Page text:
Organic Chemistry Portal
Organic Chemistry Highlights

Monday, May 22, 2006
Douglass Taber
University of Delaware

Preparation of Heteroaromatics

Thomas J. J. Müller of the Universität Heidelberg has reported (Chem. Commun. 2005, 2581. DOI: 10.1039/b502324f) a powerful method for the assembly of highly substituted furans, Pd-mediated condensation of an acid chloride 1 with a propargylic ether 2. Depending on the halide used in the work-up, either chloro or iodofurans are prepared. The reaction works well for R2 = H, opening access to rare 2,4-disubstituted furans.

F. Dean Toste of the University of California, Berkeley, has found (J. Am. Chem. Soc. 2005, 127, 11260. DOI: 10.1021/ja053804t) that exposure of an alkynyl azide such as 4 to an Au catalyst leads to intramolecular Schmidt reaction, to deliver the substituted pyrrole. In the case of 4, the rearrangement proceeds with concomitant migration of the siloxy group, to give 5. Alkyl-substituted alkynyl azides and alkynyl azides without the silyloxy groups also rearrange efficiently.

Robert G. Bergman and Jonathan A. Ellman of the University of California, Berkeley, have developed (J. Org. Chem. 2005, 70, 6775. DOI: 10.1021/jo050757e) a C-H activation-based method for the intramolecular alkylation of an aromatic ring. Applied to the indole 6, this leads to the tricyclic indole 7. The procedure works well with pyrroles also, as well as with benzene derivatives.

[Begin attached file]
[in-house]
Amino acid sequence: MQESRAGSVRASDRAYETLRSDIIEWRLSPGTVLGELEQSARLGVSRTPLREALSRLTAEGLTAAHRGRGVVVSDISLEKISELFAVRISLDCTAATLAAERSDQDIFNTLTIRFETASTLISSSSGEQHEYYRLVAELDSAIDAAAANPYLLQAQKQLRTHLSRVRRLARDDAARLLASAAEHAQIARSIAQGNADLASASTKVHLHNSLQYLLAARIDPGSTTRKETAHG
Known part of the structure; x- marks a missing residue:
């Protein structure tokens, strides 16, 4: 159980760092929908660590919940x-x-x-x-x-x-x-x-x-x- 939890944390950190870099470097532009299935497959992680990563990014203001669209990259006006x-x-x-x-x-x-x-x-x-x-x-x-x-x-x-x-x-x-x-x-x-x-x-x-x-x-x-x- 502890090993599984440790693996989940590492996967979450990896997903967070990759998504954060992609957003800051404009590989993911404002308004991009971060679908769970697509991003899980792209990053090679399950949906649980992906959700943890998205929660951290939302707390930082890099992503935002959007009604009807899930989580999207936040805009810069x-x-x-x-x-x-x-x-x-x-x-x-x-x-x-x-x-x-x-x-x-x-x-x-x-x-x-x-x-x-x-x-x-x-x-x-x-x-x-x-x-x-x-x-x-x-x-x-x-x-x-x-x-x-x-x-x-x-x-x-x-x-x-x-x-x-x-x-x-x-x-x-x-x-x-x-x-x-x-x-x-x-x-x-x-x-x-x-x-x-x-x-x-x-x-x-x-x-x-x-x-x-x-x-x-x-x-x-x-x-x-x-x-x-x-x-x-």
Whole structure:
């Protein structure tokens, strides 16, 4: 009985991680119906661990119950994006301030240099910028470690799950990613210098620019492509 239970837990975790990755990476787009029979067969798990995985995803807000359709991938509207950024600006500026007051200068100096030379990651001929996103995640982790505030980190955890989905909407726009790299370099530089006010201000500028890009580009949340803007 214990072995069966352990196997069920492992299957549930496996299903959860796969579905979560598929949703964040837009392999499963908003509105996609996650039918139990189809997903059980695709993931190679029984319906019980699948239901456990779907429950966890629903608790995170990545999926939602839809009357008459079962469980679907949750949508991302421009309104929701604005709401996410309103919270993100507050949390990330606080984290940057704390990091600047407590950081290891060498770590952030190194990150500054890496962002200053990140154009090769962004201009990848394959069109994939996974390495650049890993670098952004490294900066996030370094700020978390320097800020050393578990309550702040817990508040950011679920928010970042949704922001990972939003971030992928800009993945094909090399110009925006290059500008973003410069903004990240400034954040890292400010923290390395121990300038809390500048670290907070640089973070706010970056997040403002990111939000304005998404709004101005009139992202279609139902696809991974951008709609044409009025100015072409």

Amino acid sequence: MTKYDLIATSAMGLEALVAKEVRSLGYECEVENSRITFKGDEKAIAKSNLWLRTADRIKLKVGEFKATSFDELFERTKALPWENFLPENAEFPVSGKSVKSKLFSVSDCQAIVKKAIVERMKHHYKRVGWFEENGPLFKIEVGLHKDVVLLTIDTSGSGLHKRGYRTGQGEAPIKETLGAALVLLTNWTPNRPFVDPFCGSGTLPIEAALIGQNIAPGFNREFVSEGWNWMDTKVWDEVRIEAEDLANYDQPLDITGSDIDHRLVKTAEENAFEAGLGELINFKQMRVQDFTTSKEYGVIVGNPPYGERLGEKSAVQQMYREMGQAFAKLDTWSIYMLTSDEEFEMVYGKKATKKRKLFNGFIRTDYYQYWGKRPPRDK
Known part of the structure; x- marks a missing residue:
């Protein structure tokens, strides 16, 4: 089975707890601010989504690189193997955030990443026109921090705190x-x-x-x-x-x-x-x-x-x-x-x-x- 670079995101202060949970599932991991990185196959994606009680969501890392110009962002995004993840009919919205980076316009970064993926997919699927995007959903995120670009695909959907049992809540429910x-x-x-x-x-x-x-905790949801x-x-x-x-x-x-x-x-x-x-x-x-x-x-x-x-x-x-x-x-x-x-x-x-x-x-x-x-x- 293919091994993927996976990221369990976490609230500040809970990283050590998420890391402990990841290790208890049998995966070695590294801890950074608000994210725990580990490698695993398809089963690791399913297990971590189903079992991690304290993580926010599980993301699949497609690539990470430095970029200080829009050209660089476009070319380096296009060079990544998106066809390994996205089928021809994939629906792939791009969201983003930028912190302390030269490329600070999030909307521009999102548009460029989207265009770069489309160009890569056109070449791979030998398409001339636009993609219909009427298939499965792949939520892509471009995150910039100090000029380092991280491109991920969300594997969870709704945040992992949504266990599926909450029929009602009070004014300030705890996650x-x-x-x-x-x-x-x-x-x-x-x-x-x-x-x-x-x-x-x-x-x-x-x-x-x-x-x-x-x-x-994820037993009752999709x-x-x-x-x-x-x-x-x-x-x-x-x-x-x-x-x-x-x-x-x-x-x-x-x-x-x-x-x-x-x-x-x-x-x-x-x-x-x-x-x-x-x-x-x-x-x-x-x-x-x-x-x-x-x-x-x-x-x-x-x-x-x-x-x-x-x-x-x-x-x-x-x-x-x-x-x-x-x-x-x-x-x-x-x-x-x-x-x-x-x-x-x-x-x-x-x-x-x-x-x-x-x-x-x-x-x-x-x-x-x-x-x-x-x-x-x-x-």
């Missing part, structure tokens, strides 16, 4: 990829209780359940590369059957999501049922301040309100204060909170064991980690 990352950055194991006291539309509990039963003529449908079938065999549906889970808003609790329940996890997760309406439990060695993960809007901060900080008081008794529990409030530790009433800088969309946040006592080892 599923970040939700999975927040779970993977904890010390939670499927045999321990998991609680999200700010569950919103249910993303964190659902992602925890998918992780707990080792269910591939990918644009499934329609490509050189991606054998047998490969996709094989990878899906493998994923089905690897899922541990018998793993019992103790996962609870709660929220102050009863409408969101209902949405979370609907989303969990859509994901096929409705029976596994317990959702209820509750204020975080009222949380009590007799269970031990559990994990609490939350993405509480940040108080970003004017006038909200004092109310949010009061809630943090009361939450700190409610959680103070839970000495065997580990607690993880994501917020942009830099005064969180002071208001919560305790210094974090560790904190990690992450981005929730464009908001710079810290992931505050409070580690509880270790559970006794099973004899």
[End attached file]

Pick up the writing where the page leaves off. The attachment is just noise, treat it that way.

Michael C. Hillier of the Merck Process group in Rahway, NJ was faced (J. Org. Chem. 2005, 70, 8385. DOI: 10.1021/jo051146p) with the challenge of preparing the indole 10 in enantiomerically-pure form. Itsuno-Corey reduction of the ketone 8 worked well, but subsequent Mitsunobu coupling to give 10 led to substantial racemization. The authors eventually found that use of PMe3 allowed nearly perfect inversion in the conversion of 9 to 10.

Highly substituted pyridines are often most easily prepared by total synthesis. Jae Nyoung Kim of Chonnam National University, Gwangju has developed (Tetrahedron Lett. 2005, 46, 8799. DOI: 10.1016/j.tetlet.2005.10.034) a new route to pyridines such as 13, based on the addition of tosyl amide to Baylis-Hillman adducts such as 11.

Keith Fagnou of the University of Ottawa has found (J. Am. Chem. Soc. 2005, 127, 18020. DOI: 10.1021/ja056800x) that transition metal-mediated C-H functionalization also works efficiently with pyridine N-oxides. An aryl halide such as 15 couples directly with 14 under Pd catalysis to give 16. The product N-oxide is easily reduced to the pyridine 17.

The Grubbs second generation alkene metathesis catalyst (“G2”) is compatible with many organic functional groups. It cannot be used, however, with basic amines. As illustrated by the efficient cyclization of 18 to 19 reported (Org. Lett. 2005, 7, 3183. DOI: 10.1021/ol050852+) by Vijaya Gracias of Abbott Laboratories, Abbott Park, IL, a simple solution to this problems is to pre-treat the amine with a stoichiometric amount of acid.

D. F. Taber, Org. Chem. Highlights 2006, May 22.